- Expect abundant supplies in Watsonville, California by early July
- Growers have begun harvesting in North Carolina; volume is low but will increase in late June
- The industry is in a demand-exceeds-supply situation
- Supplies will slowly increase through the month of June
The onion season is winding down in California’s Imperial Valley. New crop production is increasing in New Mexico.
- Many Southern California growers will wrap up operations for the season this weekend
- Few sheds will pack onions next week
- Although supplies have diminished, prices have eased due to New Mexico entering the market
- Central and Northern California harvests will begin late next week
- Sizing and availability are uncertain at this time
- Rain that soaked the growing areas this past winter and early spring will impact yields
- Yellow onion supplies are sufficient; red and white onions are tight as the season is just getting underway
- Supplies will begin to ramp up next week
- Markets opened high; expect prices to hold firm until Central and Northern California volume increases
Sufficient supplies of MFC Burbank and Norkotah Potatoes are available.
- Large sizes (40- through 70-count potatoes) are ample; smaller sizes (100- through 6 oz. No. 2 supplies) remain limited
- Quality remains great for both varieties; pack-outs favor No. 1 quality, with limited No. 2 availability
- Norkotah stocks are expected to be depleted by mid-June; Burbanks will be the sole variety for the remainder of the season
- Limited Idaho Burbank stocks are expected to ship through late July/early August
- Washington supplies will be depleted by mid-July
- Advanced order lead-time is highly recommended for order fulfillment
Potatoes (Red and Yellow)
Storage crop MFC Red and Yellow Potato supplies are tight. Prices are expected to climb.
- Many suppliers have depleted storage stocks and are hauling potatoes from other regions to continue shipping out of Idaho, prices will rise
- MFC Red and Yellow Idaho Colored Potatoes will ship through July; volume is adequate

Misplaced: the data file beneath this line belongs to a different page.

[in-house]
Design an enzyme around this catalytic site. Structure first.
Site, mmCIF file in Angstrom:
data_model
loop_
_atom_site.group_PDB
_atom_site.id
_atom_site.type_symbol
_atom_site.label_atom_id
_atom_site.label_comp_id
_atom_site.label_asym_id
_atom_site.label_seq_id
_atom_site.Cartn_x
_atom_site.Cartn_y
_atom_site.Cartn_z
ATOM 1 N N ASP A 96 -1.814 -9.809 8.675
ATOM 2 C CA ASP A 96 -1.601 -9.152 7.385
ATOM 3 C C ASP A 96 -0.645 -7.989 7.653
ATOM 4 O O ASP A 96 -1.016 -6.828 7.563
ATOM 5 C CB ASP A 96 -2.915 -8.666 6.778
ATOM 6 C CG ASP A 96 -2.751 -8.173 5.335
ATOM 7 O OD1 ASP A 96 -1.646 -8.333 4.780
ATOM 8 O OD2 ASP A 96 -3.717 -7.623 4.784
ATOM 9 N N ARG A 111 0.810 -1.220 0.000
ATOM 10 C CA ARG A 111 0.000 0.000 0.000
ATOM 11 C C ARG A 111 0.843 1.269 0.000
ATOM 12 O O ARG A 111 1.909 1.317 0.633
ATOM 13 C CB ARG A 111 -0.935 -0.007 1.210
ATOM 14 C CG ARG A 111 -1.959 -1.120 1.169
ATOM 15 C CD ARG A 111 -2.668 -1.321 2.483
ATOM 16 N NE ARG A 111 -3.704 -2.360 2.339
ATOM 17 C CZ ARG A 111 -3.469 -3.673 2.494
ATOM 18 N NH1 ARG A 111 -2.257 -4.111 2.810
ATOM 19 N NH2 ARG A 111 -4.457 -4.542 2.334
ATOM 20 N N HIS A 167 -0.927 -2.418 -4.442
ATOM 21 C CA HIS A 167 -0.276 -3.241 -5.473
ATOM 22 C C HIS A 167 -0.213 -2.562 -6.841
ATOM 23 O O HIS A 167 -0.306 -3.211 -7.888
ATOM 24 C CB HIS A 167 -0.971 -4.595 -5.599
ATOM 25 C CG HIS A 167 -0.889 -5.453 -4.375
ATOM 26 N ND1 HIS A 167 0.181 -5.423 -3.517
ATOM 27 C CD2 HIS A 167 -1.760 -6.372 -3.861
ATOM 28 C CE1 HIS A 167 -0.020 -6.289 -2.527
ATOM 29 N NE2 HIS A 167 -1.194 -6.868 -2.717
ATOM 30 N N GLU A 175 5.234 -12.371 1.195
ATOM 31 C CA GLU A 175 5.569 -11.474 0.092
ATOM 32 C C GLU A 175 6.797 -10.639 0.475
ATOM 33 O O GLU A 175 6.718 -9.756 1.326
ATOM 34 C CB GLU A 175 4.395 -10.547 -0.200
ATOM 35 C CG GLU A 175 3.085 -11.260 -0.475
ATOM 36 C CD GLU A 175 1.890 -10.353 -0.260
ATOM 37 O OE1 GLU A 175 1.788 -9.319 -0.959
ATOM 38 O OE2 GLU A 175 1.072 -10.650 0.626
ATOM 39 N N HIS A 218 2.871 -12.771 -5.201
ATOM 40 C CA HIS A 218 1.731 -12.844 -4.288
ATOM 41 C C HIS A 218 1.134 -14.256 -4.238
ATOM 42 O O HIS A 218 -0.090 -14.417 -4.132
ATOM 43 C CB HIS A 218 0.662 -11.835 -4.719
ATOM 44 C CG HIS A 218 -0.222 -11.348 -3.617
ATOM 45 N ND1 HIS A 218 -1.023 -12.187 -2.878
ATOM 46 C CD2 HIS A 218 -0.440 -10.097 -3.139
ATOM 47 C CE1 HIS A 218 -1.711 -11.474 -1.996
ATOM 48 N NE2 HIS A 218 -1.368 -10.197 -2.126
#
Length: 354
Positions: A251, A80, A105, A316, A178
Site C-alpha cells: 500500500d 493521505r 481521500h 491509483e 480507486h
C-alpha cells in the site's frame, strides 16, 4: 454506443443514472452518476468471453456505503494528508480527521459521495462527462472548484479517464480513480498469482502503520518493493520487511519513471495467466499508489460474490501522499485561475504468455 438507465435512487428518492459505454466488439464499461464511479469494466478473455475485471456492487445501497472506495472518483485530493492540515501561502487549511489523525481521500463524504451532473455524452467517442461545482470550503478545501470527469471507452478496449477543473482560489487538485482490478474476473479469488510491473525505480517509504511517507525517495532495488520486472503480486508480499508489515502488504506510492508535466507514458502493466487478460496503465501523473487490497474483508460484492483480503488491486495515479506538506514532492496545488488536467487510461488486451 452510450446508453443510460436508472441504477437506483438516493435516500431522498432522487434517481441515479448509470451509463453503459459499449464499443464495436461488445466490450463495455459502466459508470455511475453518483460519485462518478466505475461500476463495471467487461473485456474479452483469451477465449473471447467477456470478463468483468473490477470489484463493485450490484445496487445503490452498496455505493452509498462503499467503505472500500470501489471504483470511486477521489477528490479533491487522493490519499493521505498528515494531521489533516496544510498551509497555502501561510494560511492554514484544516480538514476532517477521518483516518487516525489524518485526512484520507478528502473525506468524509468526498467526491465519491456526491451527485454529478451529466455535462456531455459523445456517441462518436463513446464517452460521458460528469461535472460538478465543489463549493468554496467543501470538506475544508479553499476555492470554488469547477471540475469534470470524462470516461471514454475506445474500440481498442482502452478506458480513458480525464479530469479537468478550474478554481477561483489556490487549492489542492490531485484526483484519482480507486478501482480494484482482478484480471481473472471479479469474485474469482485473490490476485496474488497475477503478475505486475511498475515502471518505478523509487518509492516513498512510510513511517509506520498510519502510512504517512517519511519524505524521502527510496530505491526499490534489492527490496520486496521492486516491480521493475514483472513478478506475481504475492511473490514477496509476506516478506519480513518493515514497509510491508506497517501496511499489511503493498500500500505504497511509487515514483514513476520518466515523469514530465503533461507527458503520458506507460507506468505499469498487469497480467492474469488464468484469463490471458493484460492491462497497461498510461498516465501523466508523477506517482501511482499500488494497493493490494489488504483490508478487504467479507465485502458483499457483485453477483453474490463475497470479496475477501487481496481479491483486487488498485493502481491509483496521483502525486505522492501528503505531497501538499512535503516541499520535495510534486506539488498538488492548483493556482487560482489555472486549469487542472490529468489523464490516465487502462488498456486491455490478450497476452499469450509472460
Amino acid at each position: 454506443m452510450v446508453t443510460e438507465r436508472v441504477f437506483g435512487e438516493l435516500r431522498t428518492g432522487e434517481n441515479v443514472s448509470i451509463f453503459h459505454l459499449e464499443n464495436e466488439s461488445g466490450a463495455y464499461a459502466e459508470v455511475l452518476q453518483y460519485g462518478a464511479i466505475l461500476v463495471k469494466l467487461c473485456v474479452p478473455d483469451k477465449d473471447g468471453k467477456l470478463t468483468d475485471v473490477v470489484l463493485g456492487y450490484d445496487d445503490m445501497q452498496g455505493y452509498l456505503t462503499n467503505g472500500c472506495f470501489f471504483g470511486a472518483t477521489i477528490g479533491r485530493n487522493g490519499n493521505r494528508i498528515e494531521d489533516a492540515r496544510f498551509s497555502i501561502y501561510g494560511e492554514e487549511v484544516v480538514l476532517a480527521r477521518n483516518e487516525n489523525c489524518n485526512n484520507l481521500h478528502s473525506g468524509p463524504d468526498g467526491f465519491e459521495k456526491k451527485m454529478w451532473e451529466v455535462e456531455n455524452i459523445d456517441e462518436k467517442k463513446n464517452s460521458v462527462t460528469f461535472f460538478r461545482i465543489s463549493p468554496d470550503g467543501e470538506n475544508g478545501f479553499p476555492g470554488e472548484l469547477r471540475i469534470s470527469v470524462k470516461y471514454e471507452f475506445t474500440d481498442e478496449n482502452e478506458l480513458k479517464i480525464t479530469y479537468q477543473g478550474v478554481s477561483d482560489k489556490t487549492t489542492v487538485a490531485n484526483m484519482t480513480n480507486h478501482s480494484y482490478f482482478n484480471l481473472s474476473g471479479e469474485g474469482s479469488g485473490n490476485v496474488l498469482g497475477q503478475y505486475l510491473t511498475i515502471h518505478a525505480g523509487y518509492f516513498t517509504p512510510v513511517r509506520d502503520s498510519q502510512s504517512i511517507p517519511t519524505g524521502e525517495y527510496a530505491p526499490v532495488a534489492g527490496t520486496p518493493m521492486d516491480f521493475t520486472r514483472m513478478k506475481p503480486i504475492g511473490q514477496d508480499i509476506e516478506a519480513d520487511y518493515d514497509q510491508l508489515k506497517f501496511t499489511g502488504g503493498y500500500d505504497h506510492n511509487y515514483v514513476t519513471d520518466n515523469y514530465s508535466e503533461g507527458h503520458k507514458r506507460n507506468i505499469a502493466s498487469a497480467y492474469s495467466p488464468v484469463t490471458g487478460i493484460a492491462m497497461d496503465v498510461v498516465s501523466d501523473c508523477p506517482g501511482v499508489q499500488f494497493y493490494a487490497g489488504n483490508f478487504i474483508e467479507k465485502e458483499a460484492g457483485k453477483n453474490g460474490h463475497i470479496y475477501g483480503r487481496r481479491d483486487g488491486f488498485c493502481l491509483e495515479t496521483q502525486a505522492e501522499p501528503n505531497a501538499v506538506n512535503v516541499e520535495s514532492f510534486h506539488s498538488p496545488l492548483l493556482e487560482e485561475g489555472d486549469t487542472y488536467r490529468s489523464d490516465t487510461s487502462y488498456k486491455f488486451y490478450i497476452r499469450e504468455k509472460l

- New crop Idaho potatoes will become available at the end of August
- MFC Red Potatoes will be available through mid-July
- New crop red and yellow potatoes will begin to ship during the first week of August
- Colored potato stocks are winding down (with approximately one week remaining in the season)
- Red and yellow potato harvesting has begun
- Prices are elevated
- Potatoes will ship through early August
- Early yields are thin-skinned, resulting in mechanical damage in pack-outs
- The Washington storage season has ended
- The new crop season is expected to get underway in mid-July
- New crop harvesting of MFC Wisconsin Potatoes will begin in early August
Although squash production is transitioning north on both coasts through the month of June, markets are expected to remain steady.
- Harvests are winding down in Mexico’s northern regions of Sonora; new crop production will commence on the Baja Peninsula this week
- California’s Santa Maria/Fresno season has begun
- Quality is very good
- Yellow squash is snug due to cooler weather
- Georgia is into mid-season harvests; yields are lower
- Growers are expected to limited production in North Carolina and New Jersey this week
- Expect steady pricing over the next two weeks as new growing regions get established
Early week rainfall in the Salinas/Watsonville growing region will help market prices firm up for the remainder of the week. Expect a continued supply-exceeds-demand market through the month of June.
- MFC Strawberries are available
- Fruit size is medium (12 to 16 berries per one-pound clamshell)
- Season estimated to run through early July
- Quality is good; some mechanical bruising has been reported
- MFC Strawberries are available
- Rain reported on June 6th will help firm up the market for the remainder of the week
- Fruit size is large (9 to 12 berries per one-pound clamshell)
- Quality is good; some mildew has been reported due to continued overcast and wet mornings
- Supplies are extremely limited; most suppliers are done for the season
- Remaining quality is fair
The California stone fruit season has begun. Volume is minimal but will ramp up through June.
- The season will run from June to mid-September
- Peaches and nectarines are currently available
- Good quality is forecast: sugar levels typically range from 10 to 11 Brix
- The Georgia peach season is underway with extremely minimal volume
- Pricing is elevated but will decline as supplies ramp up
- The California season will run from mid-June to mid-October
- The season has been delayed 7-10 days due to abnormally cool weather
- Fruit will begin shipping the week of June 15
- Expect elevated markets to start but prices will decline once supplies ramp up
- The California season will run from mid-June to mid-September
- Fruit will begin shipping in mid-June
- Good quality is forecast: sugar levels range between 12 and 16 Brix (sweetness/flavor will peak in late June)
Please contact your Markon customer service representative for more information.